Tuesday, March 29, 2011


I started to learn how to build a bigger vessel from two pieces.
The first one could had been done one time for it's only about 15cm tall.
I carved a lattice on it and then found out that I had made a hand grenade by accident. So to save the piece I made the carvings more tight and glazed it with pale pink chrystal(with brown underglaze at the same firing). :)

The second vase is about 25cm tall and was my first real success of putting two forms together. Still it's very wonky, but I was very happy that I managed to do it.

I carved the bottom part without thinking much about it and painted it with brown and washed the color off so that it stayed just in the lines. On the top part I experimented with polishing the underglaze with a spoon. After the first firing I gave the same treatment with clear glaze, to the bottom, that I had done with the underglaze. To keep the light shimmer of the top my teacher didn't want to put it through higher temperature. Therefore I didnt get the effect I was looking for with the glazing -I wanted the clay to get "toasted" around the stripes.

Friday, March 11, 2011

testing testing

This was a small experiment about two things: altering a cup after worked on the wheel and clear glaze on dark clay.

From this I want to continue someday to more cutting, bending and geometrical shapes -some kind of clay origami perhaps.

Maybe paperclay would be good for it?

Monday, March 7, 2011

Toothbrush holders

I needed one and my boyfriend's sister wanted one as a birthday present, so toothbrush holders became a the perfect project.

Planning started from a couple of practical points I wanted to achieve: easy to clean, letting the water pass and keep the brushes separated from each other. The new things working on the wheel with these was: altering the shape and building a higher foot by adding clay to the bottom.

The creamy one found it's place on our bathroom sink and the one with bright white glaze went as a present to accompany a soap holder I done earlier (with the same glaze). The green one stay at the" shelf of shame", since it is disgusting me. Though it was very therapeutic to hear other people liking it. So, I learned that even if I hated something I've created, some might love it. :)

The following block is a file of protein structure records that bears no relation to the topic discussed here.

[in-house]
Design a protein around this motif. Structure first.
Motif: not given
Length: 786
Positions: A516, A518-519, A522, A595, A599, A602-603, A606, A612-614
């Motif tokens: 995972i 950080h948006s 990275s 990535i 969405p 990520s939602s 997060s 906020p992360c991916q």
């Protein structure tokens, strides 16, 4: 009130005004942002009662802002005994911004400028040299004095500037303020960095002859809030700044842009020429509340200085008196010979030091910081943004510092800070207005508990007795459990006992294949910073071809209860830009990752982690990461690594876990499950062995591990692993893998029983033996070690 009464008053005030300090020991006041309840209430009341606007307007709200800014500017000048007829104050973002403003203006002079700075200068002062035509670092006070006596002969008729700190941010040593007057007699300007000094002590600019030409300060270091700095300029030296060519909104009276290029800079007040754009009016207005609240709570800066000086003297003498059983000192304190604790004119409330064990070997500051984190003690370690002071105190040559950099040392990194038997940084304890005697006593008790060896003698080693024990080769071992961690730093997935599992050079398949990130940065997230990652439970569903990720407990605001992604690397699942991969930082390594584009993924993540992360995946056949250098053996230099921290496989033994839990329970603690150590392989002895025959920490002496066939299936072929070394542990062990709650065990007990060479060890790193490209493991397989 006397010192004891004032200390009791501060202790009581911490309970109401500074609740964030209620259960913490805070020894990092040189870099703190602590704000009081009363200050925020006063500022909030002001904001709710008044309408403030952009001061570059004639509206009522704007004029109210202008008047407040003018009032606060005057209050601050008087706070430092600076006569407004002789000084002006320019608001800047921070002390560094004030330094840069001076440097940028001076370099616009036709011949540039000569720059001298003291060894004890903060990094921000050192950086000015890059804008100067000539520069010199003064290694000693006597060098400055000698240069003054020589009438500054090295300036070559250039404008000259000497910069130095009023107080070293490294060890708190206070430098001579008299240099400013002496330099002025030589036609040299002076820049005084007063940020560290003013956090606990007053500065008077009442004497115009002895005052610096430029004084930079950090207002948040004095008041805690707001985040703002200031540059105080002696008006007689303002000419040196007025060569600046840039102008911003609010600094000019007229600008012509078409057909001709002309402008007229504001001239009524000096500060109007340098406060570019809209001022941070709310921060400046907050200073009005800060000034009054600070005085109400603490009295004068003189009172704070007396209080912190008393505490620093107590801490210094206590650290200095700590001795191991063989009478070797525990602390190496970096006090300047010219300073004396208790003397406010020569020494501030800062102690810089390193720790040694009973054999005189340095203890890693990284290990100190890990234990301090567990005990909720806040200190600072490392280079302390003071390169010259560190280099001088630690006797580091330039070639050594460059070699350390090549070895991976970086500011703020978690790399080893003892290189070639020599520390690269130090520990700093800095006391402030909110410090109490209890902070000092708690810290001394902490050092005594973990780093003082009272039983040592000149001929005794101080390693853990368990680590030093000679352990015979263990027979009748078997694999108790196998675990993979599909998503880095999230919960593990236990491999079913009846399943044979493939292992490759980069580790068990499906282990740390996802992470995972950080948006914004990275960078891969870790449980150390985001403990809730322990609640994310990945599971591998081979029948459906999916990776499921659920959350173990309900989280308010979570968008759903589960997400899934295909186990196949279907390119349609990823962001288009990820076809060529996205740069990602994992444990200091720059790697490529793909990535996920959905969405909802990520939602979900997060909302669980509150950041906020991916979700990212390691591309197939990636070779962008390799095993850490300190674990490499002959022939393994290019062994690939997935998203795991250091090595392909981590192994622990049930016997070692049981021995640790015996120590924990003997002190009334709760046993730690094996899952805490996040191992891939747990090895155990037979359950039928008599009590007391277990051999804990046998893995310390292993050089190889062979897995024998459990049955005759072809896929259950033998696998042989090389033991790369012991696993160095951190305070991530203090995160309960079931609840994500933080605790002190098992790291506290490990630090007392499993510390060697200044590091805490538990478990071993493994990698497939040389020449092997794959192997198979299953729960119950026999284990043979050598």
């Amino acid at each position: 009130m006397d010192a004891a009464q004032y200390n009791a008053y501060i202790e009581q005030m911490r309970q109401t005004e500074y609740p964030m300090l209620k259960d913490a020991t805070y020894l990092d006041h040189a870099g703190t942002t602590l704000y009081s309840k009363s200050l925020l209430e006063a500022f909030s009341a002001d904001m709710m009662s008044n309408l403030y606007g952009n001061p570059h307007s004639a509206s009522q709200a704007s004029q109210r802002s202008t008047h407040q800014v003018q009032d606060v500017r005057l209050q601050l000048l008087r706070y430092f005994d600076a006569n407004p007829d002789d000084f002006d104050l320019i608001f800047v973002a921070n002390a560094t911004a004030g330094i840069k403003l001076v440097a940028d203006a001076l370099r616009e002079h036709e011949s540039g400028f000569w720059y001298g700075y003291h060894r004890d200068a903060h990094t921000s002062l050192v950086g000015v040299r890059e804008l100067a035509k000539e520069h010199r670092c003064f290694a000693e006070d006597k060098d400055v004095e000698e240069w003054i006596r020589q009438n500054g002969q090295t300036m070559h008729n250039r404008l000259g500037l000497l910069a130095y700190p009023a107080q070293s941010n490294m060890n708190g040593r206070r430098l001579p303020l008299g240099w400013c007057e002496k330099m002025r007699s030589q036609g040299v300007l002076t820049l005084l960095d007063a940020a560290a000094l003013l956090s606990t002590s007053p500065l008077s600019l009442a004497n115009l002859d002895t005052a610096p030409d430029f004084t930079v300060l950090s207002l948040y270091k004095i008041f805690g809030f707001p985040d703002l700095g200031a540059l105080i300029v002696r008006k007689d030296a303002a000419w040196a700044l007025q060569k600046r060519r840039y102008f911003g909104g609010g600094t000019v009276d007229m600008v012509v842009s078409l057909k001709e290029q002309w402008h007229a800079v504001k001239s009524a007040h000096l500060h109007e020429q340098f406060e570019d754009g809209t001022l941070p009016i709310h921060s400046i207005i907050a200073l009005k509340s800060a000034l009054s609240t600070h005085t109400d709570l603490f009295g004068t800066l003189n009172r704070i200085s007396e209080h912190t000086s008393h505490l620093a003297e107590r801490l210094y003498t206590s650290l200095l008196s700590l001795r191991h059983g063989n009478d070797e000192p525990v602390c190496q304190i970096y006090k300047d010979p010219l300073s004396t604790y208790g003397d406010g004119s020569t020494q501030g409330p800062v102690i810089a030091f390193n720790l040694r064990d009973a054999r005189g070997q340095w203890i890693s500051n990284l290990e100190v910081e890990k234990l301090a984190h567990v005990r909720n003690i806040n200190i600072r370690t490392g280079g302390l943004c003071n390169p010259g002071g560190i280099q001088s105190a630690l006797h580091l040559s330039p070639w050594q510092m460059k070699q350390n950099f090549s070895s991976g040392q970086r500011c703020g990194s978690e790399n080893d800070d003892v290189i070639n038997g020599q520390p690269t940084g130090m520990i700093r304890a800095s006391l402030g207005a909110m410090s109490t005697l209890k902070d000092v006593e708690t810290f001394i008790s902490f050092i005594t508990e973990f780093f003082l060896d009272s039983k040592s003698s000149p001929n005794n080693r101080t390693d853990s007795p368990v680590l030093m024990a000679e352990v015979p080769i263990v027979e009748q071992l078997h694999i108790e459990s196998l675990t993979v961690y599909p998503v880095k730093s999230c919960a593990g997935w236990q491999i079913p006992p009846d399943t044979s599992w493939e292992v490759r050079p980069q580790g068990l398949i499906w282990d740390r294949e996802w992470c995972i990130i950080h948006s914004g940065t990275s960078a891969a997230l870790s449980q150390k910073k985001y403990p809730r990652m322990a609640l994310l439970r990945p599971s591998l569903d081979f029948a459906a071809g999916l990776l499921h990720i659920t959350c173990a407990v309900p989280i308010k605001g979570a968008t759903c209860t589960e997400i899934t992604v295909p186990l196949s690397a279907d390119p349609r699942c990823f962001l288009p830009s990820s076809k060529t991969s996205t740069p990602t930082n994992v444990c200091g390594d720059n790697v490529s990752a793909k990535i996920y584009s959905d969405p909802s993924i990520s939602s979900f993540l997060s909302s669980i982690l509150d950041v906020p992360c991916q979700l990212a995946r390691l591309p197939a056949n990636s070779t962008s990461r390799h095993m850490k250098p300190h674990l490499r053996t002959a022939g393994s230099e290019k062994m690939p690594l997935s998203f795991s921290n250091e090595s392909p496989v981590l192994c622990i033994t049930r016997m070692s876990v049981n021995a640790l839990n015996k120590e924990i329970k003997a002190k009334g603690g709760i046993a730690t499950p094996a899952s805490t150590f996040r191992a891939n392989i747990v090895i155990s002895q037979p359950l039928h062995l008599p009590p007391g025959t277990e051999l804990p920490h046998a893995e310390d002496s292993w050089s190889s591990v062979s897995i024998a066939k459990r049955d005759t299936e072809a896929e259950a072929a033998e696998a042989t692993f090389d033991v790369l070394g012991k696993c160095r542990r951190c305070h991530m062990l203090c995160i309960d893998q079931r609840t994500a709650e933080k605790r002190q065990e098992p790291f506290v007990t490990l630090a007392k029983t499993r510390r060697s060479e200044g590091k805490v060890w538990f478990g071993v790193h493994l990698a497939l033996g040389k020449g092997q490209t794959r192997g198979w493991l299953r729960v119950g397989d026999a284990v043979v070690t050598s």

These cups and bowls were a disappointment with their "throwing up" glazes.
The brown glaze was also running and got glued to the kiln.

This experiment was to use 3 different glazes: brown stripes on a white base, a brown interior and the rim dipped in blue( and vice versa).

I used yellow clay and was quite happy with the shapes, sizes and light weight which made this mess even a bigger failure.

Wish I had got the info earlier about not using the shiny brown as a base. the matte white glaze kept its place.
For the bad color combination I can only blame myself. Oh well, I'll keep the "maximum two glazes " policy until I know better. :)

My first experiments with porcelain

I'm quite happy with this rainy miniature cup. This is a shape and decoration to definitely repeat in a larger scale one day.
I worked the underglaze color as watercolor and it really gave the washed out effect I was looking for.

But then I tried the same "watercoloring" on the surface of pinched cups that turned to be just plain ugly. Also something leaked blue glaze on the other cup in the kiln. The little test pieces, carving and underglaze wash, might become earrings. Front (glazed) and backsides shown for comparison.

Not what I thought it to be

Surface experiment for toothbrush holders, an idea that I abandoned. I was looking for a feeling of coral without actually making a coral. Carved stripes and glaze on the protruding parts.

The low bowl is slab build. Two things went wrong: it cracked and there is pink glaze where supposed to be white.


Going around birch tree -inspired theme. All of the different stages (the fish bowl naturally not part of them) of development are very dear to me and I'm still looking for the perfect combination.